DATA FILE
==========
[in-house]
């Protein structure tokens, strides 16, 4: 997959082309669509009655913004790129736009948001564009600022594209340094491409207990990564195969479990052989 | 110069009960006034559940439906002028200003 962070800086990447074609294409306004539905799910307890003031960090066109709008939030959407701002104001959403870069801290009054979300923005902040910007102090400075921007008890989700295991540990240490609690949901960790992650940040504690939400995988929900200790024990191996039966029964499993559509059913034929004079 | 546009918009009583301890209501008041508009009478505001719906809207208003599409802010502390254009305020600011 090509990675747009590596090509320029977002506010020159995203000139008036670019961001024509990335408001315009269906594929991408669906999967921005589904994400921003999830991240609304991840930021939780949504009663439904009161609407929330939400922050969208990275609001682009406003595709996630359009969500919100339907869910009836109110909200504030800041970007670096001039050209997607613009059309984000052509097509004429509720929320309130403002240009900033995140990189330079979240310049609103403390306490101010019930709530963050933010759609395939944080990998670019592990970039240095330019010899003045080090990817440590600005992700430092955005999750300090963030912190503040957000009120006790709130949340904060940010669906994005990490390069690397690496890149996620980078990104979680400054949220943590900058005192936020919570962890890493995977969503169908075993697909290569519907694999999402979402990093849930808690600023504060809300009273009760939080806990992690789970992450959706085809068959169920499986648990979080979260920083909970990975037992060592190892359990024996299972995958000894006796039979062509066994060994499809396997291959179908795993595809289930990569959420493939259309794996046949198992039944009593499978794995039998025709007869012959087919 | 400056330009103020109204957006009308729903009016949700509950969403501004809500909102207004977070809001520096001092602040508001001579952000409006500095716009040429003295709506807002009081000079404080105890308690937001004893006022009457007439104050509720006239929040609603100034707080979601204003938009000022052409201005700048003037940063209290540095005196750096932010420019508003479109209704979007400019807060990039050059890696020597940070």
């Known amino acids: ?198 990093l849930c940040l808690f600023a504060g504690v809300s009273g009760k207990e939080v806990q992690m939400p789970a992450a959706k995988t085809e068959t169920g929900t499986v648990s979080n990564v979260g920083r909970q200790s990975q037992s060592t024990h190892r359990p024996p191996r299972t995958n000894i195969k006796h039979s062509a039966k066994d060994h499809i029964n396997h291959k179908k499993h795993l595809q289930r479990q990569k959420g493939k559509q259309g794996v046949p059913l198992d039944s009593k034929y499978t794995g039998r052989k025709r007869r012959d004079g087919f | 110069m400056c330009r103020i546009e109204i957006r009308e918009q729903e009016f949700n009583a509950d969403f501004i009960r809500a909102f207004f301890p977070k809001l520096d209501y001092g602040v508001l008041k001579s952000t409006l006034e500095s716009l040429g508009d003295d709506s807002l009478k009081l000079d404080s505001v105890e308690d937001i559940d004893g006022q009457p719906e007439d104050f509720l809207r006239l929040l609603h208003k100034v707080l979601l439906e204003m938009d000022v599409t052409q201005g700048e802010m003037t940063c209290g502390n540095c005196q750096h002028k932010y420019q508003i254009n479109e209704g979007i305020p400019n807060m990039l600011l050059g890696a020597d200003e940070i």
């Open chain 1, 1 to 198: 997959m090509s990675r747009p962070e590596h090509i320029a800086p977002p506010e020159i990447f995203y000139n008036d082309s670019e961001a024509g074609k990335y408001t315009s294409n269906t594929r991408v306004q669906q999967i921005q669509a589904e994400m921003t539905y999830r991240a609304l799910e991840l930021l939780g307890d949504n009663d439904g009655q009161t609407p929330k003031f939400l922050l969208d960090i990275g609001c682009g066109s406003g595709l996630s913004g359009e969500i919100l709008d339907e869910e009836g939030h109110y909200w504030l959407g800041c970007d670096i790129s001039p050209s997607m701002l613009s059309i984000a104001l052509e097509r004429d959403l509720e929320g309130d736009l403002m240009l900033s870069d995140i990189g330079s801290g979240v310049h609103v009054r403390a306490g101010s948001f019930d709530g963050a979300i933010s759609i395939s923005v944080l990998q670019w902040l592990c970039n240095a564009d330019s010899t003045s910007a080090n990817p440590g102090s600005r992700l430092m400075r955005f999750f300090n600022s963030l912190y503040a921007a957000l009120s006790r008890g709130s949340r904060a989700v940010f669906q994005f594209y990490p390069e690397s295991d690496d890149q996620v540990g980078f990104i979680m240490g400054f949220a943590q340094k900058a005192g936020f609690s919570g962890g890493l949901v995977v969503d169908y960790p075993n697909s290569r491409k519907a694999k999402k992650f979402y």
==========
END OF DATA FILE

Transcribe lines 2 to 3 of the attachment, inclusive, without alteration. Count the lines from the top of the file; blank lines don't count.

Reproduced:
């Protein structure tokens, strides 16, 4: 997959082309669509009655913004790129736009948001564009600022594209340094491409207990990564195969479990052989 | 110069009960006034559940439906002028200003 962070800086990447074609294409306004539905799910307890003031960090066109709008939030959407701002104001959403870069801290009054979300923005902040910007102090400075921007008890989700295991540990240490609690949901960790992650940040504690939400995988929900200790024990191996039966029964499993559509059913034929004079 | 546009918009009583301890209501008041508009009478505001719906809207208003599409802010502390254009305020600011 090509990675747009590596090509320029977002506010020159995203000139008036670019961001024509990335408001315009269906594929991408669906999967921005589904994400921003999830991240609304991840930021939780949504009663439904009161609407929330939400922050969208990275609001682009406003595709996630359009969500919100339907869910009836109110909200504030800041970007670096001039050209997607613009059309984000052509097509004429509720929320309130403002240009900033995140990189330079979240310049609103403390306490101010019930709530963050933010759609395939944080990998670019592990970039240095330019010899003045080090990817440590600005992700430092955005999750300090963030912190503040957000009120006790709130949340904060940010669906994005990490390069690397690496890149996620980078990104979680400054949220943590900058005192936020919570962890890493995977969503169908075993697909290569519907694999999402979402990093849930808690600023504060809300009273009760939080806990992690789970992450959706085809068959169920499986648990979080979260920083909970990975037992060592190892359990024996299972995958000894006796039979062509066994060994499809396997291959179908795993595809289930990569959420493939259309794996046949198992039944009593499978794995039998025709007869012959087919 | 400056330009103020109204957006009308729903009016949700509950969403501004809500909102207004977070809001520096001092602040508001001579952000409006500095716009040429003295709506807002009081000079404080105890308690937001004893006022009457007439104050509720006239929040609603100034707080979601204003938009000022052409201005700048003037940063209290540095005196750096932010420019508003479109209704979007400019807060990039050059890696020597940070």
């Known amino acids: ?198 990093l849930c940040l808690f600023a504060g504690v809300s009273g009760k207990e939080v806990q992690m939400p789970a992450a959706k995988t085809e068959t169920g929900t499986v648990s979080n990564v979260g920083r909970q200790s990975q037992s060592t024990h190892r359990p024996p191996r299972t995958n000894i195969k006796h039979s062509a039966k066994d060994h499809i029964n396997h291959k179908k499993h795993l595809q289930r479990q990569k959420g493939k559509q259309g794996v046949p059913l198992d039944s009593k034929y499978t794995g039998r052989k025709r007869r012959d004079g087919f | 110069m400056c330009r103020i546009e109204i957006r009308e918009q729903e009016f949700n009583a509950d969403f501004i009960r809500a909102f207004f301890p977070k809001l520096d209501y001092g602040v508001l008041k001579s952000t409006l006034e500095s716009l040429g508009d003295d709506s807002l009478k009081l000079d404080s505001v105890e308690d937001i559940d004893g006022q009457p719906e007439d104050f509720l809207r006239l929040l609603h208003k100034v707080l979601l439906e204003m938009d000022v599409t052409q201005g700048e802010m003037t940063c209290g502390n540095c005196q750096h002028k932010y420019q508003i254009n479109e209704g979007i305020p400019n807060m990039l600011l050059g890696a020597d200003e940070i």